When I was in college, I remember Jim McGuiggan sharing with us a parable. It was about a wicked and God-hating officer in the British Army, who told about how he was converted to Christianity.
The officer related that one night, a Christian in his platoon came in from sentry duty. He was very tired and wet, and yet, before going to bed he got down on his knees to pray.
The officer, at this time, just a simple private, responded to this act of piety in a harsh way. He took one boot and threw as hard as he could at the Christian's head. Bull’s eye!
The Christian groaned and prayed, groaned and prayed. So the private grabbed his other boot and threw it as hard as he could at the Christian’s head and, again, nailed his target.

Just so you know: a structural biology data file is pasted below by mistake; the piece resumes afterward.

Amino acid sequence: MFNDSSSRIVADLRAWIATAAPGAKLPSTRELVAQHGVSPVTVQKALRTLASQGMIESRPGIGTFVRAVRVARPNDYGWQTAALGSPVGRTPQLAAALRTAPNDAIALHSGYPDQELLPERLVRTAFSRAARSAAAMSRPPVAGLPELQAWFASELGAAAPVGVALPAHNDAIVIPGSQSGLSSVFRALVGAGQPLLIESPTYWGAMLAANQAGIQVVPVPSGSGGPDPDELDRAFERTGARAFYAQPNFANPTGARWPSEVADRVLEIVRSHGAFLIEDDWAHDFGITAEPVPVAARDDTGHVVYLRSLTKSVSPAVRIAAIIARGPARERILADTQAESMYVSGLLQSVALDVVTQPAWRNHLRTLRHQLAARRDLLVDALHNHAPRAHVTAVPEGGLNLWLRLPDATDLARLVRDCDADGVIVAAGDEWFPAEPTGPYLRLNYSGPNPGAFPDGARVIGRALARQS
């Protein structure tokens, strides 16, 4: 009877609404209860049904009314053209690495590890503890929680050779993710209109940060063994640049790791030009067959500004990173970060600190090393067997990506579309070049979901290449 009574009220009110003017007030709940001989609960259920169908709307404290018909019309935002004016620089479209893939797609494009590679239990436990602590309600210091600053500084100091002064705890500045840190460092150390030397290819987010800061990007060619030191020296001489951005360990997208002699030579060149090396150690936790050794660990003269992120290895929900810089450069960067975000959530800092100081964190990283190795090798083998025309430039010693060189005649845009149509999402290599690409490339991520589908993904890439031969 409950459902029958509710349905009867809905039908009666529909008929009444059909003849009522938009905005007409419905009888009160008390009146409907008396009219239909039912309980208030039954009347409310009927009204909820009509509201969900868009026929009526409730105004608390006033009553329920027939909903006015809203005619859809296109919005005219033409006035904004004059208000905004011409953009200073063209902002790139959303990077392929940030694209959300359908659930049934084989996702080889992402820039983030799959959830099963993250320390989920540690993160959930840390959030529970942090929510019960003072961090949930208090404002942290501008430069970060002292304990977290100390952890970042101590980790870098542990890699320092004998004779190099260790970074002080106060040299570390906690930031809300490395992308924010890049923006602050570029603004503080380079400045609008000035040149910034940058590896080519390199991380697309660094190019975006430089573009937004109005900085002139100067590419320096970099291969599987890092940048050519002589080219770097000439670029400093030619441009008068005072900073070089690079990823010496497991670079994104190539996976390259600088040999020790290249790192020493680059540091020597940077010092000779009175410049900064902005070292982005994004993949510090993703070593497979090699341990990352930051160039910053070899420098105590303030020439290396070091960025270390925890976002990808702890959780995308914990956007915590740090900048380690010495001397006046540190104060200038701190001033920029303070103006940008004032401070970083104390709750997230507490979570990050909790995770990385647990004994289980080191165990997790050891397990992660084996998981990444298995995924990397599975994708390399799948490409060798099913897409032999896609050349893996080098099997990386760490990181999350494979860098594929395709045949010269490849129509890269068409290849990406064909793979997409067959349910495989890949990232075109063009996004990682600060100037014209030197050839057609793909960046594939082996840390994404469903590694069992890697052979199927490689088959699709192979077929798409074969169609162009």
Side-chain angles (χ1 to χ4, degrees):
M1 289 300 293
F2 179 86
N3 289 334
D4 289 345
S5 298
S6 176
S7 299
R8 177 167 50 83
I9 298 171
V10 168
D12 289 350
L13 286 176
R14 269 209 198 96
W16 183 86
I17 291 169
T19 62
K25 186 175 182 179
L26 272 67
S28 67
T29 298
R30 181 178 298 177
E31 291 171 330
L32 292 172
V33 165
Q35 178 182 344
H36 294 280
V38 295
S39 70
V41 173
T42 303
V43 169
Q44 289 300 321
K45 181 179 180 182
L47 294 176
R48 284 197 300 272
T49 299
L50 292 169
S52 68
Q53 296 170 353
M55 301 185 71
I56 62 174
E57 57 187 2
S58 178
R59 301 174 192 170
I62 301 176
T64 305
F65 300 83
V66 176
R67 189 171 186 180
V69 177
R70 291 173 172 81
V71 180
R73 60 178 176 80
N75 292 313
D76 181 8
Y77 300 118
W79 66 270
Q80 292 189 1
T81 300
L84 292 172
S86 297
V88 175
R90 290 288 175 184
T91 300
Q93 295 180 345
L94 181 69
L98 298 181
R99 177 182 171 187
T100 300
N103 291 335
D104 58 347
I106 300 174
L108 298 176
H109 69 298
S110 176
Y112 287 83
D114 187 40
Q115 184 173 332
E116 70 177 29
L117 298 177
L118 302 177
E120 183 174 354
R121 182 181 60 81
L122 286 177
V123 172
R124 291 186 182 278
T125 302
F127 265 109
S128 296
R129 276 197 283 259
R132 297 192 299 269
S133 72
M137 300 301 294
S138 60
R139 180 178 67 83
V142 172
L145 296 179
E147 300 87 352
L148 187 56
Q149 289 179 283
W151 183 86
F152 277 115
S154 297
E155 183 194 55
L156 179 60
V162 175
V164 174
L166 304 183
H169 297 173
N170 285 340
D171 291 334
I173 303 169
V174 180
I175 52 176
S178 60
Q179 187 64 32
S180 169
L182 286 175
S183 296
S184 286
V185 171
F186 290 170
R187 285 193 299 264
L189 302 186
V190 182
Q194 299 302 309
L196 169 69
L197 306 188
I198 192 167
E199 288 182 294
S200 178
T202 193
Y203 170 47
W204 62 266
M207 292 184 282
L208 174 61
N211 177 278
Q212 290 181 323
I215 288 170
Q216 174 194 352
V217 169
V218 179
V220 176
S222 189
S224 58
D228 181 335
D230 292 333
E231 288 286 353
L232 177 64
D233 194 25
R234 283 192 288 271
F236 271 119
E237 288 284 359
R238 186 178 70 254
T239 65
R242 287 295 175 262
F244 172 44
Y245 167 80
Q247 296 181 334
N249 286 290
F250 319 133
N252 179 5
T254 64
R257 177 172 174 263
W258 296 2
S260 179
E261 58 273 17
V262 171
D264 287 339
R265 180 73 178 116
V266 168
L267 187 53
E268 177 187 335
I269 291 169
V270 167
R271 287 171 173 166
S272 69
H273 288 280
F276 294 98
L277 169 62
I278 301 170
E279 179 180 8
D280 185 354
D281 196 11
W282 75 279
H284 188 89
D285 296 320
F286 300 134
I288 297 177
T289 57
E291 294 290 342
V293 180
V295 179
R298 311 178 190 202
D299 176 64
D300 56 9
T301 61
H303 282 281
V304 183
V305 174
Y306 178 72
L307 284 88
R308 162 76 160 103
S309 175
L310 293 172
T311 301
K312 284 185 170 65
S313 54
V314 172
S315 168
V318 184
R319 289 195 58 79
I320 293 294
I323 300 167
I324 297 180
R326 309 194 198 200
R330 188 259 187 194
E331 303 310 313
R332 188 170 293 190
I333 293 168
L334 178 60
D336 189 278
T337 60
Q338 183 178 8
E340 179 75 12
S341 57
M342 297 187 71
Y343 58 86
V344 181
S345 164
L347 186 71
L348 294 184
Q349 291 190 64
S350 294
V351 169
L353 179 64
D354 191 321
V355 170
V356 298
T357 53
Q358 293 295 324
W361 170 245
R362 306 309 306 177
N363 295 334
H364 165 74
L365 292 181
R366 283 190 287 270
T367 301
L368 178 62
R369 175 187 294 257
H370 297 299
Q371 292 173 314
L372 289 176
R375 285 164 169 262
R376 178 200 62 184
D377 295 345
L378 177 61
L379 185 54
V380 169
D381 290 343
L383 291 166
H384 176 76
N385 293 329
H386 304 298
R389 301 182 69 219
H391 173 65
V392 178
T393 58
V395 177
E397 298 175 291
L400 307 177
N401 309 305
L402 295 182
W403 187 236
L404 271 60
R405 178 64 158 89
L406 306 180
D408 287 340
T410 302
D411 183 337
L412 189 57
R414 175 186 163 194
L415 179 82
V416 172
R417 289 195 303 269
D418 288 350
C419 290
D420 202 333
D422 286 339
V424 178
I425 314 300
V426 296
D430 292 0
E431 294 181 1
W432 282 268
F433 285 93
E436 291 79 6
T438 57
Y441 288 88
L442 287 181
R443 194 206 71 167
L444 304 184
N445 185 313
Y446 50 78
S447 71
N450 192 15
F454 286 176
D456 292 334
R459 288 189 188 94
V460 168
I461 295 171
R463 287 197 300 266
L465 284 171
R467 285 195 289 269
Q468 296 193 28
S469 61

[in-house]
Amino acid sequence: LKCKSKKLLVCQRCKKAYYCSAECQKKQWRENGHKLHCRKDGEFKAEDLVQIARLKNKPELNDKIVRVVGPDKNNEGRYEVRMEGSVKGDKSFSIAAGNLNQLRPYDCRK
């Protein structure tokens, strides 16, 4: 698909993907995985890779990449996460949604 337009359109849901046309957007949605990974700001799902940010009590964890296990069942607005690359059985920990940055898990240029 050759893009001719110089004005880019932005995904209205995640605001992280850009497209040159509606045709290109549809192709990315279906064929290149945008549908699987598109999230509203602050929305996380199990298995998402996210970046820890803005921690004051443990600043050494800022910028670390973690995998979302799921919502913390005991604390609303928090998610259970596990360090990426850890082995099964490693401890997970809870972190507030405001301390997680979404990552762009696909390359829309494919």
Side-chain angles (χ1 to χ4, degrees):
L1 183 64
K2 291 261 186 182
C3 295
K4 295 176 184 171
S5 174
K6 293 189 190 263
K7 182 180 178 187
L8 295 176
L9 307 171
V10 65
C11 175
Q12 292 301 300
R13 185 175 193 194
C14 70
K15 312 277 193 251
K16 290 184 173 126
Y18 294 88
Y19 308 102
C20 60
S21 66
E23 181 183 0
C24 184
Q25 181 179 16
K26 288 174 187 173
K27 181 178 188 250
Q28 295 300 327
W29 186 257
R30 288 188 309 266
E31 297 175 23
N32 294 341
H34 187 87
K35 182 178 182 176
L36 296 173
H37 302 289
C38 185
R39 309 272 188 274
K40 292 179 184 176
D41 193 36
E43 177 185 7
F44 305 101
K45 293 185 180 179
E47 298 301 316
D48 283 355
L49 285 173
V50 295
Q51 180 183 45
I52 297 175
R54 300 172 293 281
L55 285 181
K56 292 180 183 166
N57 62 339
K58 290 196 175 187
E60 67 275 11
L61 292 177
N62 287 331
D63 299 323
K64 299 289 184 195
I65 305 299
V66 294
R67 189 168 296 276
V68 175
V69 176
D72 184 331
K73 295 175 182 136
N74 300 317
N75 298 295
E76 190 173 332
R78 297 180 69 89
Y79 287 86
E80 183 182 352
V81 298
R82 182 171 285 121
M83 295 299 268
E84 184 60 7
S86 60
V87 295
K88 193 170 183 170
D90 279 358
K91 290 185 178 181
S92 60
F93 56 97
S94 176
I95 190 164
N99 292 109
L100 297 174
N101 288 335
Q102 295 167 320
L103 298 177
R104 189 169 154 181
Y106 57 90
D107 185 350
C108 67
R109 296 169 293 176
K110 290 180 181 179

The Christian moaned, groaned, rubbed his head—and he prayed. He moaned and prayed, moaned and prayed.
As the Christian continued moaning and praying, his antagonist fell asleep. The following morning, the private awoke and found that the Christian had polished his boots; they stood in perfect formation beside his bed.
This act of humility broke the private’s heart. This loving work of service propelled the private on a road to conversion.
The Christian servant reminds me of Paul’s portrayal of Jesus in Philippians 2. Jesus models for us what it means to put others’ needs above our own, including those needs of our enemies. Perhaps with such loving humility, we can persuade more to turn to Jesus.